San Rafael Vandalism Lawyer

Aggressive Defense Against Vandalism Charges in Marin County  

California vandalism charges may be levied as either misdemeanors or felonies and carry multiple potential sentences depending on the estimated monetary cost of the damaged, defaced, or destroyed property.

Vandalism Laws in California 

Vandalism is defined by Penal Code 594 PC as any malicious activity that damages, defaces, or destroys the property of another person. The property may not be solely owned by the person charged with vandalism. The monetary value in damages, defacement, or destruction must be under $400 for a misdemeanor charge or $400 or more for a felony charge.

Although most people think of vandalism as a rowdy activity only carried out by teenagers or spray painters, other activities may qualify for vandalism charges.
For instance, an individual keying or scratching the car of another out of a petty act of revenge or deliberately lowering the vehicle's value will often qualify as vandalism. Breaking the personal property of one's spouse in front of anger or during a fight, such as smashing a plate or treasured heirloom, can also qualify.

Even relatively impersonal acts, like inscribing your name in wet cement or spray painting a landscape scene on an alley wall, count as vandalism, according to Penal Code 594 PC. 

Are you facing a vandalism charge in California? Call Chambers Defense today at (415) 423-2828 or contact us online to schedule a meeting with our vandalism attorney in San Rafael! 

Property Ownership in a Vandalism Case 

The outcomes of vandalism charges often revolve around whether the property was personally owned, particularly in cases like one of the above described: when someone breaks something inside their home out of anger during a fight.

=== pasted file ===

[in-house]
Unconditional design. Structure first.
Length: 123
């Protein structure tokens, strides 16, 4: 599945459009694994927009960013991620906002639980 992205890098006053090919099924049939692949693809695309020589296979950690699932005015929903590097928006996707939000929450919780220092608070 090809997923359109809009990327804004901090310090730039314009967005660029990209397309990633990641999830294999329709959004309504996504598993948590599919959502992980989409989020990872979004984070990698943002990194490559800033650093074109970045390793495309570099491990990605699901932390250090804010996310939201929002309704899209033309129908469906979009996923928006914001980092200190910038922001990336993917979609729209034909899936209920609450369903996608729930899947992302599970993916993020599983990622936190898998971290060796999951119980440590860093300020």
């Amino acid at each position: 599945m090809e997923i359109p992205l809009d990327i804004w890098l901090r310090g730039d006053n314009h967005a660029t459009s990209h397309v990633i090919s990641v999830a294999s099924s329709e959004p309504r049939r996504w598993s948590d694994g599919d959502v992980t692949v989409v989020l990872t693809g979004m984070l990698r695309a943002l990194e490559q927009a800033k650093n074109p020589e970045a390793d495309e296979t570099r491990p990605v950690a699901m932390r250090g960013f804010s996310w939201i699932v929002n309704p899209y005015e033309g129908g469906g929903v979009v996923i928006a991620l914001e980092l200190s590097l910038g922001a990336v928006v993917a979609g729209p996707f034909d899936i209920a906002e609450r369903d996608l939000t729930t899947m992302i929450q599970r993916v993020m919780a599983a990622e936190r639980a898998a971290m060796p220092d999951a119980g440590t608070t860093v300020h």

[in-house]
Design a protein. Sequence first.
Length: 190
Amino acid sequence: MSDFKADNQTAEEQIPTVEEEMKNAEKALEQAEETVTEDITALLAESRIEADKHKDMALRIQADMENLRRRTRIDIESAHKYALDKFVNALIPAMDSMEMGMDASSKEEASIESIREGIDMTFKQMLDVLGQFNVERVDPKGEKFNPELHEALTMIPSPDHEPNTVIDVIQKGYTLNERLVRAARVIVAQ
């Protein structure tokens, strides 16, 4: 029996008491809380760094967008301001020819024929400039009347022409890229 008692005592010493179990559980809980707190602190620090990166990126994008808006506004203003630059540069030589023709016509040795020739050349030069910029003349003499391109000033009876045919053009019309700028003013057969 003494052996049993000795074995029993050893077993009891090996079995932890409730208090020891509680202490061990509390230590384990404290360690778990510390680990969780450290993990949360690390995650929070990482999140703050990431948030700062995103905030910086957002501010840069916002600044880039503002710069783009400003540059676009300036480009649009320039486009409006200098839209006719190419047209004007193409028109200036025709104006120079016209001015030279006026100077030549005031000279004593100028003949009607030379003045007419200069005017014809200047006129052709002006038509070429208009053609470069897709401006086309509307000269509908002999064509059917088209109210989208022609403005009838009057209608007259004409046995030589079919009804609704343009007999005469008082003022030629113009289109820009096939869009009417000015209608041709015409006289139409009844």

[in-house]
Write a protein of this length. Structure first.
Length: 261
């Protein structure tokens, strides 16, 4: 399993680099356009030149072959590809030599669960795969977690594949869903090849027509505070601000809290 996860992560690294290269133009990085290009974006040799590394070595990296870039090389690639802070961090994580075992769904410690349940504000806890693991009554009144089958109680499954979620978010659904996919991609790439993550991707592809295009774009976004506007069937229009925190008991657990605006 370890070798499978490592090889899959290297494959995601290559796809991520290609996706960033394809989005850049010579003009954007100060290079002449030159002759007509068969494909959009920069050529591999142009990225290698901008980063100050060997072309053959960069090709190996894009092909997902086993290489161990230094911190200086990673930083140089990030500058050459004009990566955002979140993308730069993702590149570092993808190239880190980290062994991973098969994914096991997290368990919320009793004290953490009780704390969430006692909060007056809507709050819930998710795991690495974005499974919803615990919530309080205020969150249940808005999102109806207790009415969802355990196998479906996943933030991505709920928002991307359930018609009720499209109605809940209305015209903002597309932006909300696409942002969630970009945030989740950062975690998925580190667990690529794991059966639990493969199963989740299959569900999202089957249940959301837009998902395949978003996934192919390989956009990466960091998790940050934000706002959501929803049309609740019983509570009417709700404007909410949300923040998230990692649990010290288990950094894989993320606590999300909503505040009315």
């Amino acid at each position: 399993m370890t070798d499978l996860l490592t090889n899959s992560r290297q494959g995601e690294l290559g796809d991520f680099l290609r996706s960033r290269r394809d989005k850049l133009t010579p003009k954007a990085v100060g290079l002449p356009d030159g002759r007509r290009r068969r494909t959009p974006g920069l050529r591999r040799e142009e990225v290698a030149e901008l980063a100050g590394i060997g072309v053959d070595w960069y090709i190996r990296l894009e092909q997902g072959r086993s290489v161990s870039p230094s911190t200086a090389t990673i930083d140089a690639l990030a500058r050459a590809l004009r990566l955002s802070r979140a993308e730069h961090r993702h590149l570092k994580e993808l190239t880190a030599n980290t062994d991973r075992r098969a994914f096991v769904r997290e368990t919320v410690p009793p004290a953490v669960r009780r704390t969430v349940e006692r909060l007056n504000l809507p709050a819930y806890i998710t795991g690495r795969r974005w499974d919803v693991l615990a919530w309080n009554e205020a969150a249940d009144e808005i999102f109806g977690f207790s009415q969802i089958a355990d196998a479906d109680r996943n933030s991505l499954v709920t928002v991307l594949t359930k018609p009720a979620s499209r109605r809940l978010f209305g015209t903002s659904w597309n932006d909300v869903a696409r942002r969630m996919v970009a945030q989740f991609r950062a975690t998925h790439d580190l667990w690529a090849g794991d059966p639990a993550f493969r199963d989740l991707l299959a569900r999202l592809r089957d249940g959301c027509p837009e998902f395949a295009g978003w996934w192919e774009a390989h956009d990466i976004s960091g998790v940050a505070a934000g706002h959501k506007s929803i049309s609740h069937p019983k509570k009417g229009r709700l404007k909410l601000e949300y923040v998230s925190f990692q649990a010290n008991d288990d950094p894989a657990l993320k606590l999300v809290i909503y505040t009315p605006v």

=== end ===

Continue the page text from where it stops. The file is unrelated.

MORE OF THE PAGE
Penal Code 594 indicates that vandalism laws apply to jointly owned property. In this instance, a husband who breaks his wife's property may be charged with vandalism even if he also technically owns whatever property he allegedly vandalized. Break the crystal punch bowl your aunt gave you both at your wedding, and you can end up behind bars.

Note that any alleged vandalism occurring on public property is presumed to occur on property not owned by the defendant. In these cases, it is assumed that the defendant did not have the consent of the public to deface, destroy, or damage the property.

Misdemeanor vs. Felony Vandalism

A vandalism charge will qualify as a misdemeanor instead of a felony if the damage to the allegedly vandalized property is calculated to be less than $400.

However, if multiple alleged acts of vandalism have occurred, a jury may calculate that the acts' total monetary value, added together, total more than $400. In these cases, a prosecutor may charge the defendant with felony vandalism, even if every individual's alleged actions caused less than $400 damage.

However, remember that felony vandalism charges are not the same as convictions. A strong California vandalism defense can go a long way toward securing a lower sentence.

Many common offenses are often charged in conjunction with California vandalism. Examples include:

  • Trespassing, described by Penal Code 602 PC as entering the property of another person without their consent or the right to do so
  • Burglary, defined by Penal Code 459 PC as entering the property of another person with the intention to commit petty theft or felony inside
  • Arson, defined by Penal Code 451 PC as maliciously setting fire to the property of another person or, occasionally, your own property 

Motor Vehicle Vandalism

Motor vehicle vandalism will often be charged under different laws – most notably Vehicle Code 10853 VC. These laws ensure that all the destruction, damage, or defacement of a vehicle without the owner's consent qualifies as a misdemeanor.

Graffiti Laws in California 

In California law, graffiti is described as any inscriptions, marks, figures, words, or any other designs that are unauthorized by the property owner, which is etched, drawn, painted, or otherwise placed on personal property.

Penal Code 594 indicates that even impermanent graffiti can still “deface” property because legal defacement does not need to be permanent. Graffiti laws apply to any real or personal property – real property includes land and common attachments like homes or other buildings. In contrast, the personal property covers any other property type, including cars or furniture inside a house or building.

What are the Potential Punishments for Vandalism?